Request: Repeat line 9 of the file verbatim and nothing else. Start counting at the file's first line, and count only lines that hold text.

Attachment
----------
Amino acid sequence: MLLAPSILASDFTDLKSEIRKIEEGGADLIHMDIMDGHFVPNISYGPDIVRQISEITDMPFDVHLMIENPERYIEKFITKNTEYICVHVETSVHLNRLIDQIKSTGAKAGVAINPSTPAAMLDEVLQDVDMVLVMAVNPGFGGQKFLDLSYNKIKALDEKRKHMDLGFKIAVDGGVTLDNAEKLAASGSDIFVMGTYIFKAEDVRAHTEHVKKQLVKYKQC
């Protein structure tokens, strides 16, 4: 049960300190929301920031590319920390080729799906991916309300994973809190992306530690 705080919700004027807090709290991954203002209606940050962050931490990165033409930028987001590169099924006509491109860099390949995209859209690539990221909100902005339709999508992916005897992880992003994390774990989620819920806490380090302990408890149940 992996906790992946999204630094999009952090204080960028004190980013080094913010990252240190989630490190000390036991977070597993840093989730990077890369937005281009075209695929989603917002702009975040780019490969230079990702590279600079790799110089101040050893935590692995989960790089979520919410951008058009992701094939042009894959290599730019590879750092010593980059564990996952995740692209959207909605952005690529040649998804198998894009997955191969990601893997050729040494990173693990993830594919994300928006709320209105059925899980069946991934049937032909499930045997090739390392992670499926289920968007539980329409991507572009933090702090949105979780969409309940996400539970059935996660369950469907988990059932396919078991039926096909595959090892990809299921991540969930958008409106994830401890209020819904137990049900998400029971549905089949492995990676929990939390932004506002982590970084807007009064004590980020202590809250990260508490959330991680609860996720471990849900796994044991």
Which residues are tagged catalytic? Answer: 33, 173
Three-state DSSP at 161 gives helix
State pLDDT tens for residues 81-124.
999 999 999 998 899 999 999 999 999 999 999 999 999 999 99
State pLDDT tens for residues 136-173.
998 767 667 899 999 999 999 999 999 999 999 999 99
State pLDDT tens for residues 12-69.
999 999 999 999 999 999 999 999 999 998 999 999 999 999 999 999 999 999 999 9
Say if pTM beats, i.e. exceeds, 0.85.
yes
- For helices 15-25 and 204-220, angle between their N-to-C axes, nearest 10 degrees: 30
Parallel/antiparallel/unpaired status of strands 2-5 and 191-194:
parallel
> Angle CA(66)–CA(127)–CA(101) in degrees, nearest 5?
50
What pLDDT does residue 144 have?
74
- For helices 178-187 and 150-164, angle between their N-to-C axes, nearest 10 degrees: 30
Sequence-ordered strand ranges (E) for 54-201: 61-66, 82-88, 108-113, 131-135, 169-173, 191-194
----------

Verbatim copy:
State pLDDT tens for residues 12-69.